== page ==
For a while in 2017, it seemed as if the worldwide tide of populism, epitomised by Donald Trump, had reached its high-water mark. In a string of elections across Europe, the populist right and the left had failed to break through. Emmanuel Macron was elected President of France, and although not from any of the traditional mainstream parties, here clearly was a man of the centre. In the UK, Theresa May called a snap election while 20 points ahead in the opinion polls. Even days before the vote, senior Tory strategists were predicting a 90-100 seat majority.
The populist surge remains blunted in Europe, and Donald Trump may face a difficult mid-term election in a year’s time in the US. But oh, how different things are here in the UK.
Jeremy Corbyn vs Theresa May – who’s in the lead now?
Despite losing the popular vote and lagging the Conservatives by 55 seats in the election, there is no debate about which party is in the ascendancy now, Labour has a consistent opinion poll lead over the Tories of 2-3%. At the recent autumn Labour Party conference, we saw a level of self-confidence absent since Jeremy Corbyn was elected leader. Representatives of the party are now accorded a respectful ear in the halls of the Confederation of British Industry (CBI) and other business organisations.
Jeremy Corbyn’s chances of winning an election
The most successful populists, like Trump, have won largely by co-opting the machinery of an established party and building a rock-steady core base of support. Initially, it seemed Jeremy Corbyn would fail to replicate this, and his chances were dismissed as risible.
But in the June election, he managed to pull precisely the same trick as Donald Trump. He secured the support of those who tribally could not vote for the other side, including many that had recently defected to UKIP in the run-up to the Brexit referendum, and at the same time seized the votes of the previously apathetic young as his core base. If he can repeat this, Jeremy Corbyn seems electable, particularly faced with weakened opponents, even if we still don’t think this likely.
The potential impact of Labour policies
Although policies can change over time, there are certain general constants that are likely policies of a future Labour government. Under Jeremy Corbyn, the Labour Party is committed to:
- Nationalising, or at least socialising, a range of sectors, including the railways, water companies, the electrical power grid and the Royal Mail
- Placing restraints on the banking sector, including special plans for RBS
- Bringing Private Finance Initiative (PFI) contracts back under state control
- Raising the minimum wage
- Banning zero hours contracts.
There is a general commitment to more spending on infrastructure, health, social housing, education and sustainable energy, financed by higher taxation on companies and the top 5% of earners, and a clamp-down on tax evasion, as well as higher borrowing. Interestingly, there was also a commitment to balance the budget in the medium to longer term.
The effect of Jeremy Corbyn’s policies on financial markets
Of course, Jeremy Corbyn still has to get himself elected, and his policies are likely to be put under sharper scrutiny by both the press and the Tories next time round.
However, if he were to be elected, what would these policies mean for markets? We think a mix of the following could occur as it became apparent Labour was going to win:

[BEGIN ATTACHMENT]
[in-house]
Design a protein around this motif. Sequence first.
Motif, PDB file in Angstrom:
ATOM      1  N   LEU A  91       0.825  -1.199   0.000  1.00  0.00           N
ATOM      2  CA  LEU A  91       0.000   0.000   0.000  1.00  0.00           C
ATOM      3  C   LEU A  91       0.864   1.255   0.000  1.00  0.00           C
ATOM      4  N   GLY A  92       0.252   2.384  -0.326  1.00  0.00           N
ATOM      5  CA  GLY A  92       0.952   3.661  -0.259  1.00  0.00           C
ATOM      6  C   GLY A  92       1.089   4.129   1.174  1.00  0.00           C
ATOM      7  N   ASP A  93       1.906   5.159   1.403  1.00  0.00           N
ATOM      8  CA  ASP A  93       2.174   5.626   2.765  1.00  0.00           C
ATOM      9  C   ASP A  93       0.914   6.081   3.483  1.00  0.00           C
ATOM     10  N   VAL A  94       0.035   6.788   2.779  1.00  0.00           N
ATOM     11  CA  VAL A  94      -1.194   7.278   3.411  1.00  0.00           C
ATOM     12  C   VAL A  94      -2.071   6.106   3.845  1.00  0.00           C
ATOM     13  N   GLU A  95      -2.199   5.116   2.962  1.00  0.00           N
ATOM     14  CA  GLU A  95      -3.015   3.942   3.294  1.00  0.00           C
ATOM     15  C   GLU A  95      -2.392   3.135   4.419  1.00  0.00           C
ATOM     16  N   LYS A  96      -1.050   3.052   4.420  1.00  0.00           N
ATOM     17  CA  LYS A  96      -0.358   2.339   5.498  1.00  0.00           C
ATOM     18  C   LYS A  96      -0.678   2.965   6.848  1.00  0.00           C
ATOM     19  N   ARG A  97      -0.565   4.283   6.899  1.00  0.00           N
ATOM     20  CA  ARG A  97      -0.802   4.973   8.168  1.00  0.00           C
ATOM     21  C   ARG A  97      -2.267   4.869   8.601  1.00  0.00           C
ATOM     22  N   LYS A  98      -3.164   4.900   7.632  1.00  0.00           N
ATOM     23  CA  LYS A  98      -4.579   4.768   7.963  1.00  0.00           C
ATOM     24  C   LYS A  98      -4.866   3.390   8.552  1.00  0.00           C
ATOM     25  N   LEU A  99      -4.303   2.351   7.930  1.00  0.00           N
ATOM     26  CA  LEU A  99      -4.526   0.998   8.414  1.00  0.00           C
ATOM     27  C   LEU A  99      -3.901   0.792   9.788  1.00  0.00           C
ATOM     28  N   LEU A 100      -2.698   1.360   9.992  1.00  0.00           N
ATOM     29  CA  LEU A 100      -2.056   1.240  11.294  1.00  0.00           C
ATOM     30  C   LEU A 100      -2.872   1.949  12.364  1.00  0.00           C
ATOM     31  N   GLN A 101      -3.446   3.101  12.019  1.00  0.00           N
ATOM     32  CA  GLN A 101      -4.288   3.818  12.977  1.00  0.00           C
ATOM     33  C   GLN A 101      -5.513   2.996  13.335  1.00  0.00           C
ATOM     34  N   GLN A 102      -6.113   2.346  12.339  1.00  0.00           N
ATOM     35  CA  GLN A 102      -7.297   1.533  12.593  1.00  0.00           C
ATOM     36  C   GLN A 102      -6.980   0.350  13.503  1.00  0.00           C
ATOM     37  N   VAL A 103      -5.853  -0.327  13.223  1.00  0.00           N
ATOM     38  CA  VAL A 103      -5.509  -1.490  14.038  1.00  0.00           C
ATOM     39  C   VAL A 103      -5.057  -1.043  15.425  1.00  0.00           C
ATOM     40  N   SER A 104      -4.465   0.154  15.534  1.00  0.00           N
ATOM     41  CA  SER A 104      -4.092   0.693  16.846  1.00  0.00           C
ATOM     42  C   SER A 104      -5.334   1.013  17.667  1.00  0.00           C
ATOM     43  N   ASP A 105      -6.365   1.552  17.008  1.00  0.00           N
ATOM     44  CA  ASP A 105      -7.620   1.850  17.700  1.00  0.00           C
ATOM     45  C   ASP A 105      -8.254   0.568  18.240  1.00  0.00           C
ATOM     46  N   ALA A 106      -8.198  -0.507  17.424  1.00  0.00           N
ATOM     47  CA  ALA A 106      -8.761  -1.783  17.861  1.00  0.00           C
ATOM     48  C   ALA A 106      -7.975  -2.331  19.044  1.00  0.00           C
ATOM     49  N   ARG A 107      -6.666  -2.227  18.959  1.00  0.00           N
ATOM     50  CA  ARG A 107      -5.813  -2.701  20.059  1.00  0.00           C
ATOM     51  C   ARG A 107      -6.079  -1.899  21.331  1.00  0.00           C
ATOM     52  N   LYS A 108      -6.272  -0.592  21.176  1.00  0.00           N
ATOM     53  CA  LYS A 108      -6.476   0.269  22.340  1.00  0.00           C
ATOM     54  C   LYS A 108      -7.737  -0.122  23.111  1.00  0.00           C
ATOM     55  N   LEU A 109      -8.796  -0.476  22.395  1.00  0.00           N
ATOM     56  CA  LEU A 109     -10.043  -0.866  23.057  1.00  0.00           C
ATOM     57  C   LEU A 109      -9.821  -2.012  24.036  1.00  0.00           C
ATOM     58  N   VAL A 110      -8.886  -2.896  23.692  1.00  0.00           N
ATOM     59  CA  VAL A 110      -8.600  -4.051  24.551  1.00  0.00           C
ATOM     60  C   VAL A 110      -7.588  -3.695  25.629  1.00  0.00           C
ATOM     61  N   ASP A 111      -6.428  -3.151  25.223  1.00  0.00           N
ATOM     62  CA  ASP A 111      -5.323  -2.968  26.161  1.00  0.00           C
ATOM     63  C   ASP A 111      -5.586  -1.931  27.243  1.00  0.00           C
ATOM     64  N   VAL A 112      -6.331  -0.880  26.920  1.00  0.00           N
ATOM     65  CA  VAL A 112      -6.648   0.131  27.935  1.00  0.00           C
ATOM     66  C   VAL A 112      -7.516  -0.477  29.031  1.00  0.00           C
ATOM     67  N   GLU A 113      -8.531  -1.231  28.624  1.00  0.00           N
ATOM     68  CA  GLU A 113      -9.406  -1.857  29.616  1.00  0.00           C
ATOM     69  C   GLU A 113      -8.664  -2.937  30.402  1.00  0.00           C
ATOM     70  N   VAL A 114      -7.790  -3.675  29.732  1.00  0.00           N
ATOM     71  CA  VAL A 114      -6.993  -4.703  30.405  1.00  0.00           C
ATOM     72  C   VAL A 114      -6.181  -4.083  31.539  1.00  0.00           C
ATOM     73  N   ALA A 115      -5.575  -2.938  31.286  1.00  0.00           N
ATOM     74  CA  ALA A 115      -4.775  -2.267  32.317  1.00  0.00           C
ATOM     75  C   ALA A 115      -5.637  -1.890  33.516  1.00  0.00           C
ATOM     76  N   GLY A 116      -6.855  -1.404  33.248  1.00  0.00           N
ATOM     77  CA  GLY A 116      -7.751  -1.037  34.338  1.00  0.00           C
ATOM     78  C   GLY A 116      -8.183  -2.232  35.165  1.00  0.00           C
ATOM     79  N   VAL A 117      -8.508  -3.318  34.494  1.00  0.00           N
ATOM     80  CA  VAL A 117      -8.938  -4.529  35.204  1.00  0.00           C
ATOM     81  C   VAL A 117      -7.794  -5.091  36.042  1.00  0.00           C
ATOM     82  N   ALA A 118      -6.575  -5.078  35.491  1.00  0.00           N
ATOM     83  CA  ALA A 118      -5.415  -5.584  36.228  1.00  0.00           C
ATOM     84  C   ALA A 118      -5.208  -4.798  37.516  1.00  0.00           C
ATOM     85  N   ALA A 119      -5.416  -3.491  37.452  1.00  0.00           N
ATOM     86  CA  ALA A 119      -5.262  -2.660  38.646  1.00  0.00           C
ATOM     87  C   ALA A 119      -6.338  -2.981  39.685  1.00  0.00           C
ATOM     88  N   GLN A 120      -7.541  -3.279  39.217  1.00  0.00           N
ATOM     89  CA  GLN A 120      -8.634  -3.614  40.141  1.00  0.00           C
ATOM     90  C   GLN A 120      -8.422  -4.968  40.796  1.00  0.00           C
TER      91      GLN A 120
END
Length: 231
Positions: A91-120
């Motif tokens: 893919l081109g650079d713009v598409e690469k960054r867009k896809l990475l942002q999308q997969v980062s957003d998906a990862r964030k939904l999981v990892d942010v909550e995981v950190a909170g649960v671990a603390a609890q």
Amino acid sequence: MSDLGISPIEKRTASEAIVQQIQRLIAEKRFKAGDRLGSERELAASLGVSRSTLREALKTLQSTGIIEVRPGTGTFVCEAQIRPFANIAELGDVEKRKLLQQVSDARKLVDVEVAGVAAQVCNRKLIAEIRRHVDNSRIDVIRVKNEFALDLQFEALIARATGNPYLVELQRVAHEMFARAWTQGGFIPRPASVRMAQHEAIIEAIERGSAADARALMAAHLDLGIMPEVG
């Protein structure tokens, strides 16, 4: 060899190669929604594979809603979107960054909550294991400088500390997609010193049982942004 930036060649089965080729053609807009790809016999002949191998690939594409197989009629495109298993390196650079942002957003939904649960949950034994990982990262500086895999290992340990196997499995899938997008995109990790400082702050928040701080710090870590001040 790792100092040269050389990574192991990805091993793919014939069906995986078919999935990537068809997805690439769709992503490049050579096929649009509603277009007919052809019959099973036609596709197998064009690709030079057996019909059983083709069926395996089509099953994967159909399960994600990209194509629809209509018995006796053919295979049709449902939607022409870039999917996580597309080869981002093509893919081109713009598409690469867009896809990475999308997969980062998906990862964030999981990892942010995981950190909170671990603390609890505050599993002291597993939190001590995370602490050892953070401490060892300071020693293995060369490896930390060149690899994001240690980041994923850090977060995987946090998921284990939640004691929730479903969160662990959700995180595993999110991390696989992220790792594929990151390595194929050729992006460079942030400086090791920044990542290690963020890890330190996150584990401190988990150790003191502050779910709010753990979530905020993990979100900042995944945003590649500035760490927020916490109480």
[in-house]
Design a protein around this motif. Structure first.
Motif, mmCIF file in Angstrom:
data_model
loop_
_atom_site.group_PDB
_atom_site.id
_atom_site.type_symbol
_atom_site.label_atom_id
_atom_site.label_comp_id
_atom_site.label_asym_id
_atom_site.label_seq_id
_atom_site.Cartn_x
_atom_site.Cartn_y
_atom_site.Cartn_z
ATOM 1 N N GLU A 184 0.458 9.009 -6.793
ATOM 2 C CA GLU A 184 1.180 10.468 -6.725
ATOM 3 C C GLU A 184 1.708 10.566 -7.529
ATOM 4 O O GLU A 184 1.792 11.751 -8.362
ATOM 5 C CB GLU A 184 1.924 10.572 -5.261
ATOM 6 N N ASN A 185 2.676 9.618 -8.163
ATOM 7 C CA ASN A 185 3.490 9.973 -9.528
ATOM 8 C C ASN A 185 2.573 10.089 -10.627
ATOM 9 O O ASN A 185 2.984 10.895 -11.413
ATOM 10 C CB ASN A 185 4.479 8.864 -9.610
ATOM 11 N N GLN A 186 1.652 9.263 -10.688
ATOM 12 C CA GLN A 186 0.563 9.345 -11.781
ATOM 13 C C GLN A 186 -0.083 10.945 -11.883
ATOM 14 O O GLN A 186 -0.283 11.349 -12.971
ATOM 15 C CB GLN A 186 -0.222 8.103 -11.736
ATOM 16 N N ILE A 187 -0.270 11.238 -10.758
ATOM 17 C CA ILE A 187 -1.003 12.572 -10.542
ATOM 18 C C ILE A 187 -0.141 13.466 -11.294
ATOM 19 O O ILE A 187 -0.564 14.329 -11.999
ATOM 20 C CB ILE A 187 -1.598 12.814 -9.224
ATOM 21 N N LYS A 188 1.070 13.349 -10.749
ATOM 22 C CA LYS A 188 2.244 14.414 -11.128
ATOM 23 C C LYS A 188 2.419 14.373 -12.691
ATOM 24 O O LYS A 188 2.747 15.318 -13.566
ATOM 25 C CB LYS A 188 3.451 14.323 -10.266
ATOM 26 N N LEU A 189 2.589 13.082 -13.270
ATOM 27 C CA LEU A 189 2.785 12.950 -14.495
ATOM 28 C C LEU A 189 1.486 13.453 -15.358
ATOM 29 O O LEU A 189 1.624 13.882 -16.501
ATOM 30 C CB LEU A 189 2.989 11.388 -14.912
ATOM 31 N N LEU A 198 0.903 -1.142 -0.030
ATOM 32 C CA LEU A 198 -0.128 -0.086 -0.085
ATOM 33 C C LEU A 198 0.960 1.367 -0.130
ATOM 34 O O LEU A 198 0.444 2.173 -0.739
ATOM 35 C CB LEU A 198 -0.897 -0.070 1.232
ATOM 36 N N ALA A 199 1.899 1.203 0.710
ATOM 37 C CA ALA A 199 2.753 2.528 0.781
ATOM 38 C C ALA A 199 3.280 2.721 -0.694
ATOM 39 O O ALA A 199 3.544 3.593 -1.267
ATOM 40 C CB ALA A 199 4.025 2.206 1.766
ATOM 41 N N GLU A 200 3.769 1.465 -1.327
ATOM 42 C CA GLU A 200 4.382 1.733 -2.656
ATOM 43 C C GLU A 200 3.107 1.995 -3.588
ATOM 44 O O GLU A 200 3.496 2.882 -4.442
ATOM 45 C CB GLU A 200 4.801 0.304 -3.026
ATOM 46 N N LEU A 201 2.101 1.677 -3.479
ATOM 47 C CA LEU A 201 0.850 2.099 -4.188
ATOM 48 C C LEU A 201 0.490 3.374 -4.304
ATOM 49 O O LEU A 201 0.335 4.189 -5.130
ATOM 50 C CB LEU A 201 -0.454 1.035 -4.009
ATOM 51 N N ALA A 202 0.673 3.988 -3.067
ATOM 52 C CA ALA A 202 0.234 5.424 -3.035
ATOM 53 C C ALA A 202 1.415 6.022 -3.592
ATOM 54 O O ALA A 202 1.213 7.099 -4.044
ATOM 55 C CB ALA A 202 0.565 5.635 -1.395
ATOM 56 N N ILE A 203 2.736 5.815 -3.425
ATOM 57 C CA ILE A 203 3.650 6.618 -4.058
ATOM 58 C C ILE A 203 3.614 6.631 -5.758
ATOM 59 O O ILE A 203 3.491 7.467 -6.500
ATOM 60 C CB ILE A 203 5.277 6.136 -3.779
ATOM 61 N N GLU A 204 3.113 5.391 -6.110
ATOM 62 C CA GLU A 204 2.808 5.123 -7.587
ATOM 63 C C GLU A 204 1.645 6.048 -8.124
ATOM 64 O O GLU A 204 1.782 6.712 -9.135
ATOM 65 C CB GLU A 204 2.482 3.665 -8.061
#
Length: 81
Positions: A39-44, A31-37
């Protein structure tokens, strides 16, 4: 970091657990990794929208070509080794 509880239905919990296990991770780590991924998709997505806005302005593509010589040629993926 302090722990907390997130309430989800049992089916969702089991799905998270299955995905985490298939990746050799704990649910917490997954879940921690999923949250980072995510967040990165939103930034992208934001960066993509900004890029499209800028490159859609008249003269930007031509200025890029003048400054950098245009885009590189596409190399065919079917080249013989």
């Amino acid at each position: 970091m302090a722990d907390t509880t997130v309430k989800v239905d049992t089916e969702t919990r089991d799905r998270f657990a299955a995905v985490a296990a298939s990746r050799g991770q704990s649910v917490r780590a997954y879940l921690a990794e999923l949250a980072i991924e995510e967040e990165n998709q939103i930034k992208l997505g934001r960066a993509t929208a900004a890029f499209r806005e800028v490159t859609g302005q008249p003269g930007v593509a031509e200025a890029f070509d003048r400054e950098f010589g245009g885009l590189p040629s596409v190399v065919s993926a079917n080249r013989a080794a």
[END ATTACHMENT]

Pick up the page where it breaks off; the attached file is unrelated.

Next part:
- Sterling would fall sharply – triggering a classic ‘run on the pound’
- Government bond yields would rise
- Shares in banks, utilities, housebuilders, transport, support services, hotels and pubs, retailers and infrastructure trusts would fall
- Shares in overseas earners such as the energy companies, miners and pharmaceuticals would benefit from a lower pound and rise
- London house prices would come under pressure.
… and the effect of financial markets on Jeremy Corbyn’s policies
Ultimately, markets are likely to constrain Prime Minister Corbyn’s freedom of action. There are several examples in history of left-wing governments that have been forced to change direction in the face of crumbling currencies and rising bond yields.
A brief history of left-wing policies
Back in the early 1980s, François Mitterrand was elected President of France on a sweeping left-wing platform not dissimilar to Jeremy Corbyn’s. It involved nationalising the banks, car makers and steel industry, higher taxation and higher spending. After 18 months he had to change tack, cut spending and embrace a more market-oriented set of policies, helping to kick-start a 15-year bull market.
More recently Alexis Tsipras was elected Prime Minister of Greece on a radical left-wing, anti-austerity agenda. Yet within months he had signed up to the package of austerity reforms forced upon him by the EU and the International Monetary Fund (IMF). Of course, in the meantime, the Athens stock exchange had fallen almost 50%, 10-year Greek government bond yields had shot up to over 19% (they’re 5.4% today) and the banking system had been effectively decimated. Once he bowed to his creditors, the equity market rebounded, and is now up around 70% from its low.
Preparing for all eventualities
When it comes to an election between Theresa May and Jeremy Corbyn, we don’t yet expect Corbyn will turn his current poll strength into a majority-winning position. However, we will monitor his progress with care.
In the meantime, we remain significantly underweight UK equities, based on the poor economic and corporate fundamentals, even without the threat posed by a Corbyn victory. Recent history has taught us not to write off the seeming improbable in politics. We would have to debate the idea of reducing our UK exposure even further if Jeremy Corbyn’s momentum strengthened from here. In the meantime, we are finding plenty of opportunities in equities outside the UK, where fundamentals look much more attractive.